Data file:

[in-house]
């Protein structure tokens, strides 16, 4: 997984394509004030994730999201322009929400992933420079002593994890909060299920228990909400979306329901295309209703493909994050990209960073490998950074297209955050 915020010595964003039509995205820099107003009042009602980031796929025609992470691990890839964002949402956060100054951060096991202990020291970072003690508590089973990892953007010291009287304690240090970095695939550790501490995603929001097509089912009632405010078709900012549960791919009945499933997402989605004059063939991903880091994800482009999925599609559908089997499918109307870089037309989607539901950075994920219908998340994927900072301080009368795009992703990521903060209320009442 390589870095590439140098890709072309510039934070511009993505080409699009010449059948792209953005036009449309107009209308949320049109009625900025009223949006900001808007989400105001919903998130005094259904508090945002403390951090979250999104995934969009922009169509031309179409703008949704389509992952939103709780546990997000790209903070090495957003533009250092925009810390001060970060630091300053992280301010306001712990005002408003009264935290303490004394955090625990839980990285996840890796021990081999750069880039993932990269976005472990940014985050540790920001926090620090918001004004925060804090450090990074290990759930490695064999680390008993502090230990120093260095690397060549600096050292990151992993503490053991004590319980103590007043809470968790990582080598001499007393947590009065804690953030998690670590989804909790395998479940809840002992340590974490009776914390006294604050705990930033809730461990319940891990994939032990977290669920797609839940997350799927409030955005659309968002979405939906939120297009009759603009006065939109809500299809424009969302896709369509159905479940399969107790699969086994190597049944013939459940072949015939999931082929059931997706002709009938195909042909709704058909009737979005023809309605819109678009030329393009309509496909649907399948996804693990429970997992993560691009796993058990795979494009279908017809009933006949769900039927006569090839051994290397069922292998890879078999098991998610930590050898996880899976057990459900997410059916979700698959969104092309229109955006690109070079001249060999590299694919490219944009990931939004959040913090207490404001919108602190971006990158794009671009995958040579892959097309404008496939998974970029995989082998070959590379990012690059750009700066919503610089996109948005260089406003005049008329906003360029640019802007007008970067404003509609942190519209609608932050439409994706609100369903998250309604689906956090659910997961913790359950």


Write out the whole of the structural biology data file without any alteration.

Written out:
[in-house]
């Protein structure tokens, strides 16, 4: 997984394509004030994730999201322009929400992933420079002593994890909060299920228990909400979306329901295309209703493909994050990209960073490998950074297209955050 915020010595964003039509995205820099107003009042009602980031796929025609992470691990890839964002949402956060100054951060096991202990020291970072003690508590089973990892953007010291009287304690240090970095695939550790501490995603929001097509089912009632405010078709900012549960791919009945499933997402989605004059063939991903880091994800482009999925599609559908089997499918109307870089037309989607539901950075994920219908998340994927900072301080009368795009992703990521903060209320009442 390589870095590439140098890709072309510039934070511009993505080409699009010449059948792209953005036009449309107009209308949320049109009625900025009223949006900001808007989400105001919903998130005094259904508090945002403390951090979250999104995934969009922009169509031309179409703008949704389509992952939103709780546990997000790209903070090495957003533009250092925009810390001060970060630091300053992280301010306001712990005002408003009264935290303490004394955090625990839980990285996840890796021990081999750069880039993932990269976005472990940014985050540790920001926090620090918001004004925060804090450090990074290990759930490695064999680390008993502090230990120093260095690397060549600096050292990151992993503490053991004590319980103590007043809470968790990582080598001499007393947590009065804690953030998690670590989804909790395998479940809840002992340590974490009776914390006294604050705990930033809730461990319940891990994939032990977290669920797609839940997350799927409030955005659309968002979405939906939120297009009759603009006065939109809500299809424009969302896709369509159905479940399969107790699969086994190597049944013939459940072949015939999931082929059931997706002709009938195909042909709704058909009737979005023809309605819109678009030329393009309509496909649907399948996804693990429970997992993560691009796993058990795979494009279908017809009933006949769900039927006569090839051994290397069922292998890879078999098991998610930590050898996880899976057990459900997410059916979700698959969104092309229109955006690109070079001249060999590299694919490219944009990931939004959040913090207490404001919108602190971006990158794009671009995958040579892959097309404008496939998974970029995989082998070959590379990012690059750009700066919503610089996109948005260089406003005049008329906003360029640019802007007008970067404003509609942190519209609608932050439409994706609100369903998250309604689906956090659910997961913790359950």